to the sublime valedictory
    of The Tempest, all here
    All here Venus and Adonis
    The Rape of Lucrece
    the cryptic, enigmatical
    Phoenix and the Turtle
    and the Sonnets, open windows
    to the Bard himself
    all of whom I feel I’ve freed

    These many lives I carry with me
    lost in this realization, when
    a bird chirps my senses back
    to the moment – such a moment!
    aware now for the first time
    the sun is peeking through
    winter’s miasma, melting icicles
    evanescent on the trees, revealing tiny
    mighty green buds a’growin’
    and up through the snow

    crocus pushes toward the sky
    my leaping heart begins to sing
    we join the chorus, ghosts and I
    for it’s now Hallelujah Spring!

  • Joshua Adeyemi Joshua Adeyemi (4/3/2017 12:33:00 PM)

    Great Great Awesome Awesome And A Motivation

  • Soud Al Dawood Soud Al Dawood (3/31/2017 8:16:00 AM)

    lol nigga, your ded as shit boi.

  • Nourhan Ali (12/29/2016 5:13:00 AM)

    He is the greatest poet at all

  • Rose Kanana Rose Kanana (11/4/2016 10:15:00 AM)

    A great poet of all seasons. Good work you have shared with the world.

  • Sushmita Dutta Sushmita Dutta (6/11/2016 5:32:00 AM)

    Born and dead on Avon the same date,23rd April
    Romantic playwright Shakespeare none can ignore!
    He ever lives in his 32 Plays and 154 Sonnets......!

    His plays are mirror to life reflecting about humans
    In seven ages of men opening the curtain to show
    As child, pupil, lover, soldier, courtier, wise, old man!

    What a quintessence of precious dust man is, he says!
    Warrior, philosophic in nature, gentle and noble man
    Surely cannot take revenge on murderer of his father!

    Unlike Hamlet, Prince Hal jovial with fat Falstaff, yet
    At the time of emergency fights bravely for nation
    And proves himself to be worthy son to his father!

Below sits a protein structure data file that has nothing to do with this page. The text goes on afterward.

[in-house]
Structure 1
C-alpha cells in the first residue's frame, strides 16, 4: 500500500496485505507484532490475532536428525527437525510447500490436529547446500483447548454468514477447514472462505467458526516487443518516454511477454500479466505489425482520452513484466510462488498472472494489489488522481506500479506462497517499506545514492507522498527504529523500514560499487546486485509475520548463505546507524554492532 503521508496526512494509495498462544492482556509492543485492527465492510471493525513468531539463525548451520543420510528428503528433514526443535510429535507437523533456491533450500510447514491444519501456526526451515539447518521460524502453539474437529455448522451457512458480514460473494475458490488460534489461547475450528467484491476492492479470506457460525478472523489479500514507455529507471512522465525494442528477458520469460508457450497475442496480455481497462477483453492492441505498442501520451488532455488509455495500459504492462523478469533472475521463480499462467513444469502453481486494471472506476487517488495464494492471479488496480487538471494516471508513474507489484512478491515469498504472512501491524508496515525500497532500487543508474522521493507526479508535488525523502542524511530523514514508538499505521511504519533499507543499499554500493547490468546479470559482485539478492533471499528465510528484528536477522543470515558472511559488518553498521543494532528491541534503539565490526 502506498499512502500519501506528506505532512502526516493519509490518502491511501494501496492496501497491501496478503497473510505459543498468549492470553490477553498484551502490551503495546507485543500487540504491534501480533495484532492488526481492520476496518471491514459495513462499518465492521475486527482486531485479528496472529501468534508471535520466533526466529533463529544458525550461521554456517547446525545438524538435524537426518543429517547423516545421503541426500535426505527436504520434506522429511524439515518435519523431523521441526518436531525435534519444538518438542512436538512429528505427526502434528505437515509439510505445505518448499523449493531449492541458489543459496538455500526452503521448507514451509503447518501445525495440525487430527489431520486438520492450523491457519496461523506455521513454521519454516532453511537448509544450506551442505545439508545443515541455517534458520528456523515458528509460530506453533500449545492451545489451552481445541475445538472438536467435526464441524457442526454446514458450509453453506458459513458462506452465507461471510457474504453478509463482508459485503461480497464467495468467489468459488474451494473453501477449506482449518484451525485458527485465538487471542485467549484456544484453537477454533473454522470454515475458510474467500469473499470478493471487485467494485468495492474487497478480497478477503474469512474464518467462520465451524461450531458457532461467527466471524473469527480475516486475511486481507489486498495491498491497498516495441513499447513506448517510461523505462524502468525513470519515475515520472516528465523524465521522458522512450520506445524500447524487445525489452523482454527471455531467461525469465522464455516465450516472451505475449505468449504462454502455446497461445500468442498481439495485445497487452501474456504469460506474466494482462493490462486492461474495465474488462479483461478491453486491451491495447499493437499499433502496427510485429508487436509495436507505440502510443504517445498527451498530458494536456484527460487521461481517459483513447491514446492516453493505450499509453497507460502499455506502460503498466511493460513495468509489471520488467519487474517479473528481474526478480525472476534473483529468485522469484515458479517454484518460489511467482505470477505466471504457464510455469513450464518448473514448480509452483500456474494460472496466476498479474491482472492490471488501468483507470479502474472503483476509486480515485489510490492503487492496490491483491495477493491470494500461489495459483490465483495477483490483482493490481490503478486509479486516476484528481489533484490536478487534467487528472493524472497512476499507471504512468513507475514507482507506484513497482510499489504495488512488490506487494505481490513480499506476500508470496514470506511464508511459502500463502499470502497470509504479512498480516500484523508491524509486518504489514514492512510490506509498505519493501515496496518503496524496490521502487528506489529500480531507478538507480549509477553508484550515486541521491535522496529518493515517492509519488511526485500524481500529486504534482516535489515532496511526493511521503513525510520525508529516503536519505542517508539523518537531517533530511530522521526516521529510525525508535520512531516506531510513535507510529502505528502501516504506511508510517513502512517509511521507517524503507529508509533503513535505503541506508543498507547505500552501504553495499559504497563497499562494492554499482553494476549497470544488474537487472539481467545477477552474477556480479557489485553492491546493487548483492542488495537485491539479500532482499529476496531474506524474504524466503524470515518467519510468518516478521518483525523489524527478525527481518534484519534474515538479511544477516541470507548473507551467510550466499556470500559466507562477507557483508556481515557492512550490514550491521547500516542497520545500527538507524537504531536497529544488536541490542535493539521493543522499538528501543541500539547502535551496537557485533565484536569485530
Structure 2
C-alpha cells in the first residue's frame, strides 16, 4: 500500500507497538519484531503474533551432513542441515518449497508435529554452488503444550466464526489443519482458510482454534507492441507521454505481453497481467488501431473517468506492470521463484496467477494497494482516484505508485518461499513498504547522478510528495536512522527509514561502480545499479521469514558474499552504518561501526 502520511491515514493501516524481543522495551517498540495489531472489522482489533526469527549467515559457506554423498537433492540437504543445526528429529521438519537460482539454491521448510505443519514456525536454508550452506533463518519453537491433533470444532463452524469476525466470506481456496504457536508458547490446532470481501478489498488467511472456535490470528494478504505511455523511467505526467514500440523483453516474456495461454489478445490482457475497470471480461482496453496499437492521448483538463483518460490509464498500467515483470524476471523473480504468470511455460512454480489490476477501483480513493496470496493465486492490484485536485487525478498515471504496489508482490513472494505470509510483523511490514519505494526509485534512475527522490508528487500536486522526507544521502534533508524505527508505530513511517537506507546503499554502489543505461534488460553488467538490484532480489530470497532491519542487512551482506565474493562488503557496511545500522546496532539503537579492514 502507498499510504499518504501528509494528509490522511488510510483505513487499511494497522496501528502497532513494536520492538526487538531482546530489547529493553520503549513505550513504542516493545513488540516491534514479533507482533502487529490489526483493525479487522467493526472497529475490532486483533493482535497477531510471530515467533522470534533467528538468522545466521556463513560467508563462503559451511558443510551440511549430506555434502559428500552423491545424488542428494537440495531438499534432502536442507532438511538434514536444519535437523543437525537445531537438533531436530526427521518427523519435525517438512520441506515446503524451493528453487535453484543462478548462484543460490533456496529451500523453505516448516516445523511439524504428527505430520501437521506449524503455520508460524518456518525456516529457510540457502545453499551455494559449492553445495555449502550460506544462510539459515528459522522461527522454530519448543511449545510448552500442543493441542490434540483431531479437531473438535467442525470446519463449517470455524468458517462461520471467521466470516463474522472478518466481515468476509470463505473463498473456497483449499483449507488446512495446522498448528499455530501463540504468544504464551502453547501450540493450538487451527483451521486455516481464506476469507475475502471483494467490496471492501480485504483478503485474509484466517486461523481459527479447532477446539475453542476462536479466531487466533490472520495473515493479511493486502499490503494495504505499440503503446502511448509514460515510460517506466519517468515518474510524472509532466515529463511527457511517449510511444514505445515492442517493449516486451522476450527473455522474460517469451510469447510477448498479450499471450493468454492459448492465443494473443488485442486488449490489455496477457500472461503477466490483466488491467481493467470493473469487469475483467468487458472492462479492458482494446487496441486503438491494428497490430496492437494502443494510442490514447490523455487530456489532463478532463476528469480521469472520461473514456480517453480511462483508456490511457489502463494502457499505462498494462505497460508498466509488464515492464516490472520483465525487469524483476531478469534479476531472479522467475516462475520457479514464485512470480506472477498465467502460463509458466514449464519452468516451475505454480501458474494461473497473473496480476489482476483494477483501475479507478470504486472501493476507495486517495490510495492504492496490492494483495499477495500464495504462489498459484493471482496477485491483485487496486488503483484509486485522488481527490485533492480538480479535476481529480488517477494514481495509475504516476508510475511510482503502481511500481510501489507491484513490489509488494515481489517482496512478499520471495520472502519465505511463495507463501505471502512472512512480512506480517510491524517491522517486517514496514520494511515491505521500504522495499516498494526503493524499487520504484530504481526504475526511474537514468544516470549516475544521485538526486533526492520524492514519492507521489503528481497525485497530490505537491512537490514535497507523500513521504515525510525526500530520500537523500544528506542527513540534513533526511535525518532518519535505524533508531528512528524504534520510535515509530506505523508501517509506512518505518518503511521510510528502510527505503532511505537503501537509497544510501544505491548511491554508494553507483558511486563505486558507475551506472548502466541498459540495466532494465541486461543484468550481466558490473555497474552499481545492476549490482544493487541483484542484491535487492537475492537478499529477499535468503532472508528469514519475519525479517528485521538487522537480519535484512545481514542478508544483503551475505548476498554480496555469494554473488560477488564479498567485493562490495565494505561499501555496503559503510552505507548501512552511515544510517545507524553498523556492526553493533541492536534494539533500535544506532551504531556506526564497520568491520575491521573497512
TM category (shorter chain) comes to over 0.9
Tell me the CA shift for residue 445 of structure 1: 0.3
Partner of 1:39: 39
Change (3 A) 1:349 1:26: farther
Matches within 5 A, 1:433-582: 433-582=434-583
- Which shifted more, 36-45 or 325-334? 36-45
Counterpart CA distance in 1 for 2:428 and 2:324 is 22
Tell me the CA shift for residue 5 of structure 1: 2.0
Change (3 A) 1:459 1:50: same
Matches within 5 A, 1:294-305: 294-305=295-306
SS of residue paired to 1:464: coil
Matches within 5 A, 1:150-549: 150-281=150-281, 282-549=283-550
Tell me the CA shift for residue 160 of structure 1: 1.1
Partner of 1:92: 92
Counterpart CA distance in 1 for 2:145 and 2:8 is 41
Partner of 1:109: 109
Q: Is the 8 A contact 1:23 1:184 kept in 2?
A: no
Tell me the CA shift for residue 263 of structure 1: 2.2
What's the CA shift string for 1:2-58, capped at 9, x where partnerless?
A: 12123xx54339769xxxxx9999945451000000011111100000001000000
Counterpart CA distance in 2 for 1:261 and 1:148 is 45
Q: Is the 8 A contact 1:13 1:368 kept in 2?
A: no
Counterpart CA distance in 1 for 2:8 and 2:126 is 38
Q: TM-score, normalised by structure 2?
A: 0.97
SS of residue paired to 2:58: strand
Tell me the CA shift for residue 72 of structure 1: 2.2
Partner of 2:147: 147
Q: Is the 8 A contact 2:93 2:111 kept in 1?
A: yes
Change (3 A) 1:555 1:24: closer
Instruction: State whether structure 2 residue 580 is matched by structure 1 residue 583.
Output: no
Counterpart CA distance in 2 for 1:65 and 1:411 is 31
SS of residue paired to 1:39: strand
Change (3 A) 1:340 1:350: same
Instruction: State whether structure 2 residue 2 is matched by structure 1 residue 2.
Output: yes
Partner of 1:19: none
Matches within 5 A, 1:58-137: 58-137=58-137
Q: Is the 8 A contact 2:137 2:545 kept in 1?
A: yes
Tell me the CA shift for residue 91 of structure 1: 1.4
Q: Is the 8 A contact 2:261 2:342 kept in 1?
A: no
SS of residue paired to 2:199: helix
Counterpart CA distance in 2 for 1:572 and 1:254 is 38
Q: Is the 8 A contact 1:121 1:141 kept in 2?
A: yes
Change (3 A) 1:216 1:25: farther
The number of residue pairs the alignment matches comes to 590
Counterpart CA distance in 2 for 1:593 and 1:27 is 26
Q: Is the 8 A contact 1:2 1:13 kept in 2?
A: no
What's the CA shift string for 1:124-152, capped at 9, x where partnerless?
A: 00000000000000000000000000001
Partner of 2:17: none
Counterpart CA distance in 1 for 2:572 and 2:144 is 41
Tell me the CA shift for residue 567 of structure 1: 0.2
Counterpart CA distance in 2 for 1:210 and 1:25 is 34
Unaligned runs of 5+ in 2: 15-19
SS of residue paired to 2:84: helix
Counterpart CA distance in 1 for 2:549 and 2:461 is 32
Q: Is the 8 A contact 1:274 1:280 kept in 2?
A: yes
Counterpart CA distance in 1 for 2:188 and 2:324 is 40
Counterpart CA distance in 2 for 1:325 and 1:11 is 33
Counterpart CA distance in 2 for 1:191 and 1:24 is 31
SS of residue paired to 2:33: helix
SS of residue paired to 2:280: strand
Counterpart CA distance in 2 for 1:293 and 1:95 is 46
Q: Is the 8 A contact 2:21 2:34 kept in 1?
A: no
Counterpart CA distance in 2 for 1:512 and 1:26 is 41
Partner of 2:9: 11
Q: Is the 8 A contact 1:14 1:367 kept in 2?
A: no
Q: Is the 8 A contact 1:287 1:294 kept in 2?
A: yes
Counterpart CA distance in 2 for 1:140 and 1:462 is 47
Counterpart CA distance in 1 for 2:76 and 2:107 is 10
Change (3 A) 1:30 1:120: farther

That character Shakespeare develops further into
    His favourite hero Richard III and gives a sketch
    And full picture to the best he can to immortality!

    Comedy or Tragedy or history, he shows his skill,
    Power and range depicting characters none can forget
    And refer in life parallel happenings to one and all!

    Whoever loved, that loved not at first sight.....?
    Love at first sight we came to know from him first!
    Romeo and Juliet & Antony and Cleopatra live long!

    Star crossed lovers' hearts stricken with arrow
    Cupid boy releases from his bow never fails and
    Lovers live or die together to be immortals ever!

    Cleopatra's serpentine beauty captures hearts of
    Emperor Julius Caesar and his faithful friend Antony
    Till death and suicides herself by the bite of snake!

    He creates romantic love life controlled by Nature
    At first and at the end of his career makes Nature
    Go under the control of man envisaging future too!

    For him life is such stuff as dreams are made on
    And is rounded off with a sleep at the end sure!
    Closing curtain so in blank verse he ends in sonnets!

Best Poem of William Shakespeare

All The World's A Stage

All the world's a stage,
And all the men and women merely players;
They have their exits and their entrances,
And one man in his time plays many parts,
His acts being seven ages. At first, the infant,
Mewling and puking in the nurse's arms.
Then the whining schoolboy, with his satchel
And shining morning face, creeping like snail
Unwillingly to school. And then the lover,
Sighing like furnace, with a woeful ballad
Made to his mistress' eyebrow. Then a soldier,
Full of strange oaths and bearded like the pard,
Jealous in honor, sudden and quick in ...

Read the full of All The World's A Stage

Sonnet Li

Thus can my love excuse the slow offence
Of my dull bearer when from thee I speed:
From where thou art why should I haste me thence?
Till I return, of posting is no need.
O, what excuse will my poor beast then find,
When swift extremity can seem but slow?
Then should I spur, though mounted on the wind;
In winged speed no motion shall I know:
Then can no horse with my desire keep pace;